The CIA pushed to have the suspected mastermind of the marathon bombings on a terror watch list 18 months before the deadly blasts rocked Boylston Street, according to multiple reports yesterday that raised serious questions about how closely Tamerlan Tsarnaev was probed before the attack.
The request by the CIA came six months after Russian officials had asked the FBI to look into the 26-year-old, but agents said they found nothing to suggest he had terrorism ties. The Associated Press reported that the two agencies received nearly identical information, which came to the CIA in September 2011.
The developments came as authorities recovered up to 15 discarded fireworks — gunpowder removed, but fuses intact — from a clothing-collection bin behind a neighborhood food market in Watertown yesterday.
An FBI spokeswoman would not say whether the response to the Francis Food Mart on Belmont Street was directly linked to the Boston Marathon bombings. The discovery came after a New Hampshire fireworks emporium owner had said on Tuesday that Tamerlan Tsarnaev bought two mortar kits from his store in February.
“The FBI is conducting investigative activity with our local partners, and of course it’s in connection with an ongoing investigation, so I’m not able to provide details,” bureau spokeswoman Laura Eimiller said. “Of course, that would clearly be a consideration, but it would be premature to link the activity to the overall investigation.”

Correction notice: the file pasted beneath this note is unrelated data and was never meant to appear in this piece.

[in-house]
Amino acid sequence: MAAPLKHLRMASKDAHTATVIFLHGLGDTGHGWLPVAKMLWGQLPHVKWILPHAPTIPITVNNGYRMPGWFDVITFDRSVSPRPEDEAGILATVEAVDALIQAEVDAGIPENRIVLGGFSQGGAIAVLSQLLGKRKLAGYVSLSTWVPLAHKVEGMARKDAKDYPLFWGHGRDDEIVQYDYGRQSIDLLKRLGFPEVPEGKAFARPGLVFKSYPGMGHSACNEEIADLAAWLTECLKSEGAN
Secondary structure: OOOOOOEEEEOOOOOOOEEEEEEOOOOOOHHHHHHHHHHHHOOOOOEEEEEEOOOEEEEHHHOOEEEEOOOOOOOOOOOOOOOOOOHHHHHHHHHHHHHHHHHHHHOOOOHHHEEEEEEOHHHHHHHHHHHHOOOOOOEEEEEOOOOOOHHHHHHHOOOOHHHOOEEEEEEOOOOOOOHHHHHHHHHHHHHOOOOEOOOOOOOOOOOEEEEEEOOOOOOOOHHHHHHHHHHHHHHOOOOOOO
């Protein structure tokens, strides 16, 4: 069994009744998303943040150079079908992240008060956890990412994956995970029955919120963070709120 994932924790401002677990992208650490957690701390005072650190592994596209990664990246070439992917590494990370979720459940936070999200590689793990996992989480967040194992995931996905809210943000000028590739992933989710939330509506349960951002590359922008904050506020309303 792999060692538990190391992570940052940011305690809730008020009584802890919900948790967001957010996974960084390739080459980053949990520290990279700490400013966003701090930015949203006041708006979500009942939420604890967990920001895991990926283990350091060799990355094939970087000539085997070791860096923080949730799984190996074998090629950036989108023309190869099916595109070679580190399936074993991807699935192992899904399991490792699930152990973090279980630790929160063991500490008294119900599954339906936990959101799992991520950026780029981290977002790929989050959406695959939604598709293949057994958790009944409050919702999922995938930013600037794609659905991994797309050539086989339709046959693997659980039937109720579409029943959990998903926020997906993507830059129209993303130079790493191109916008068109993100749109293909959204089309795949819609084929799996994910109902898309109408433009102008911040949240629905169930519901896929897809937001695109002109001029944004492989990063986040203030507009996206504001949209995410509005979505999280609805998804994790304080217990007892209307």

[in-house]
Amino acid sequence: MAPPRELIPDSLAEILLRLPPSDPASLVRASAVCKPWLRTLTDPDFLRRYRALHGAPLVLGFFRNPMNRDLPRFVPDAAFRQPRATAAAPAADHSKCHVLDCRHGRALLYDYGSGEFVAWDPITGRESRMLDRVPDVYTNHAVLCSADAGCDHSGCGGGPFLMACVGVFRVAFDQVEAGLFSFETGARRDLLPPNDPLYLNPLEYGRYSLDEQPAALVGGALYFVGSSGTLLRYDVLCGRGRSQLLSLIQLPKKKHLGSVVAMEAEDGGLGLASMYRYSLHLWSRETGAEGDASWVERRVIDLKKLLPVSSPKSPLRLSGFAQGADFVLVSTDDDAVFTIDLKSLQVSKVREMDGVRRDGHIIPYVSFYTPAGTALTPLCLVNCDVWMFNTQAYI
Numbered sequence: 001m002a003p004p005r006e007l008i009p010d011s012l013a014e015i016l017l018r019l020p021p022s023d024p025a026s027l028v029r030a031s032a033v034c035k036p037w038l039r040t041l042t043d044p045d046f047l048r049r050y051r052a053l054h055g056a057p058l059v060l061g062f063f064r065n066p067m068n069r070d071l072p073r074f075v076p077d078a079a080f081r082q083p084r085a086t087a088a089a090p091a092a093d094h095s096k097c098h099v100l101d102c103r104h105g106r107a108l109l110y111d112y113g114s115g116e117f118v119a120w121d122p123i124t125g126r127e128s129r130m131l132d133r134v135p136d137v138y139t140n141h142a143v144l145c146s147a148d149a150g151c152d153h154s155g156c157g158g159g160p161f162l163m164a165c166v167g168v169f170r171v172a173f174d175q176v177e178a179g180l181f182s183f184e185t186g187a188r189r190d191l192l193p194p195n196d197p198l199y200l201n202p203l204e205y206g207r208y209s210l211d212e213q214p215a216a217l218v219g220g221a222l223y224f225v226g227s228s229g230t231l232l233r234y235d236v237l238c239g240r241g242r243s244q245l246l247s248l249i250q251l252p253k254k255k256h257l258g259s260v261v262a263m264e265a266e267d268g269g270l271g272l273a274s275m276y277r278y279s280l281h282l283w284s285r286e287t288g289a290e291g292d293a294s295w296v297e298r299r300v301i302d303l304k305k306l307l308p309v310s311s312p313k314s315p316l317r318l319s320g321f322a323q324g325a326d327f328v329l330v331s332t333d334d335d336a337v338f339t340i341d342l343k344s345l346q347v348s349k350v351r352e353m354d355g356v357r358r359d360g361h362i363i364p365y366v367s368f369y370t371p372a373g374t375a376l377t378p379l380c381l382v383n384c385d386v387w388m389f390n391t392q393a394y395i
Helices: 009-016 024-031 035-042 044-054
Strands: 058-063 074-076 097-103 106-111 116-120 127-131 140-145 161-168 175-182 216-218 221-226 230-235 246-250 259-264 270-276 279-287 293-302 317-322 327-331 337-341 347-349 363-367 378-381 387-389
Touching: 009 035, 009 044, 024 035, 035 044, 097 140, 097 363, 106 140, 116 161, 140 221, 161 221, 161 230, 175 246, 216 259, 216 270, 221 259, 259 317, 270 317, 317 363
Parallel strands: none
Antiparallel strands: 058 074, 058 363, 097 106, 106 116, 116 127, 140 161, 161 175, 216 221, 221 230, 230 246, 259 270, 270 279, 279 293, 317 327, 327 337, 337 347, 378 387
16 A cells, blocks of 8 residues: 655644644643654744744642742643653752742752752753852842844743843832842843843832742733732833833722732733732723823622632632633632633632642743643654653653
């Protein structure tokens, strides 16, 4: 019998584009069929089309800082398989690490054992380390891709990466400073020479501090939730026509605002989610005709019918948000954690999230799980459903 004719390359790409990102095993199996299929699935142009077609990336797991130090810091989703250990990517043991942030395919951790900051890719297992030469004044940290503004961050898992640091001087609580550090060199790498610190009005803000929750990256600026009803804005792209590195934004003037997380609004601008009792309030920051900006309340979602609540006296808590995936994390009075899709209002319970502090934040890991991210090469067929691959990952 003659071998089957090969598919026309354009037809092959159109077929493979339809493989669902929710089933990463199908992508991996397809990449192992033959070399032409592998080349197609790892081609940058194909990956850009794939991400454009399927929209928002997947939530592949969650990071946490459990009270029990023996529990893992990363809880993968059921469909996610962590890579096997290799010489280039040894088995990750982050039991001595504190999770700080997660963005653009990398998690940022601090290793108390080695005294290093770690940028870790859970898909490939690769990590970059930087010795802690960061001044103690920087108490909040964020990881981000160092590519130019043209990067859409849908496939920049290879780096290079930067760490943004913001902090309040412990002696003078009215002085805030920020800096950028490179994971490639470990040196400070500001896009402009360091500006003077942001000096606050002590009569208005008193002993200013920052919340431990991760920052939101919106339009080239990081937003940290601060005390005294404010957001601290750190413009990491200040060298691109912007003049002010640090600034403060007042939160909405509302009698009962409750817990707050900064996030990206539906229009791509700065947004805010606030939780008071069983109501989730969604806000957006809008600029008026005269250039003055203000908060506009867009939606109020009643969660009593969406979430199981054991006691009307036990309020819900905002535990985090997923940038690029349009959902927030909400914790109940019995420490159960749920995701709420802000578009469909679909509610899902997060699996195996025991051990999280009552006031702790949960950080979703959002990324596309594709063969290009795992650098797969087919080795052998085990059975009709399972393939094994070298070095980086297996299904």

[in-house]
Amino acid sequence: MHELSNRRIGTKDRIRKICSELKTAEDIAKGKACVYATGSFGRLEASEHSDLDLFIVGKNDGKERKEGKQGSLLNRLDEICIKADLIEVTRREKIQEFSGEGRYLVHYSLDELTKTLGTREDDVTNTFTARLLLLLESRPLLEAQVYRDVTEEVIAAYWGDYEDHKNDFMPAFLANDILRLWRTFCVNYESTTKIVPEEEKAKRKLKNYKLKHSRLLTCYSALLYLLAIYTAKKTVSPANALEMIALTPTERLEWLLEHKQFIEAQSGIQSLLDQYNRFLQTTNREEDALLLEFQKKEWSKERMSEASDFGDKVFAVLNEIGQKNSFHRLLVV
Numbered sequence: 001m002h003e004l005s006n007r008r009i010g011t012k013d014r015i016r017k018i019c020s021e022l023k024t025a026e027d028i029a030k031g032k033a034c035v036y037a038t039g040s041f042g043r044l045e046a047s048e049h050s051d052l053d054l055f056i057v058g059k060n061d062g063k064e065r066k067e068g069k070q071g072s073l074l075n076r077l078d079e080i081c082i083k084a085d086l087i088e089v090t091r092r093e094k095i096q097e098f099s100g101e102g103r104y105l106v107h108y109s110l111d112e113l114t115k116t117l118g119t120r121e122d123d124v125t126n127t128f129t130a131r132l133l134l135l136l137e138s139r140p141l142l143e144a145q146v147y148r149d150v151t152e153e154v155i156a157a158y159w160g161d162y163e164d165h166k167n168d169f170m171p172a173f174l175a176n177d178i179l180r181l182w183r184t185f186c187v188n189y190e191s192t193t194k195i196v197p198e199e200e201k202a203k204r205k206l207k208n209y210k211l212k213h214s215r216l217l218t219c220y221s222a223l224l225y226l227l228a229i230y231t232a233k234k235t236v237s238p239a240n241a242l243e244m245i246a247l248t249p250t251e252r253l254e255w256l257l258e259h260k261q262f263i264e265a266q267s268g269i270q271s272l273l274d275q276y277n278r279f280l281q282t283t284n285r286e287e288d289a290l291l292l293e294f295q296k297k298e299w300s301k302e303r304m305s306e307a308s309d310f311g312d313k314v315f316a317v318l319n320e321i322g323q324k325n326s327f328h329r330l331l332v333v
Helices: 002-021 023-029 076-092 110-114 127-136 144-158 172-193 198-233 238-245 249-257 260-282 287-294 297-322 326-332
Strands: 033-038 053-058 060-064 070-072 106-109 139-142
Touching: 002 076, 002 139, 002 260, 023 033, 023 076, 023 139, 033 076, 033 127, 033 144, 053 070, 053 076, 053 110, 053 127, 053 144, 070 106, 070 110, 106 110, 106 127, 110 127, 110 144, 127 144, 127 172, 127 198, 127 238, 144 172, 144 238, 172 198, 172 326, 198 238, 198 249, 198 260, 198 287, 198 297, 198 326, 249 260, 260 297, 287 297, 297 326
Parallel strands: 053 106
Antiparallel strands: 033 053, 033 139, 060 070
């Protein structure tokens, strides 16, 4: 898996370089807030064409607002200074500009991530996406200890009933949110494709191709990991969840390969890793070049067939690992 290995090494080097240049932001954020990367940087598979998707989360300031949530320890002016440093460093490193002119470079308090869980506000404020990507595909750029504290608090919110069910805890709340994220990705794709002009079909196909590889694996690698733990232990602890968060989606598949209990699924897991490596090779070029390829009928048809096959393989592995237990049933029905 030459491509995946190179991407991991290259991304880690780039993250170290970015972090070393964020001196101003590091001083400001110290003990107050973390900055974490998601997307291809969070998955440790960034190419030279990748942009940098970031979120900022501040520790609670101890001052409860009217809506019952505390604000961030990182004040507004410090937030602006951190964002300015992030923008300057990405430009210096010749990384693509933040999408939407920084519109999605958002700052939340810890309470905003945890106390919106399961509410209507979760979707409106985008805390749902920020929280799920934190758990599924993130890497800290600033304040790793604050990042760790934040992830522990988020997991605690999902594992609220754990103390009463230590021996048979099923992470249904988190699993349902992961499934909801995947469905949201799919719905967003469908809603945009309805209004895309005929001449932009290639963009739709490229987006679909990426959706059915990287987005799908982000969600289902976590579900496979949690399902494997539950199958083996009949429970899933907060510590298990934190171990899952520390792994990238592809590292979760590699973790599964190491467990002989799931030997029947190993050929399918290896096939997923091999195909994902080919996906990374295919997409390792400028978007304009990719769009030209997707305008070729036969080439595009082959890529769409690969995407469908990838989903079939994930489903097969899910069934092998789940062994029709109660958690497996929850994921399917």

Francis Food Mart store clerk Will Long said a driver from the Planet Aid clothing-donation charity called 911 about 12:30 p.m. after finding what Long described as a double bag containing up to 15 Roman-candle style fireworks. The driver, Long said, usually makes his pickups once every two weeks.
Agents from the FBI’s Evidence Response Unit and ATF responded along with at least one state trooper and Watertown police.
Meanwhile, Dzhokhar Tsarnaev, the 19-year-old suspect now facing federal charges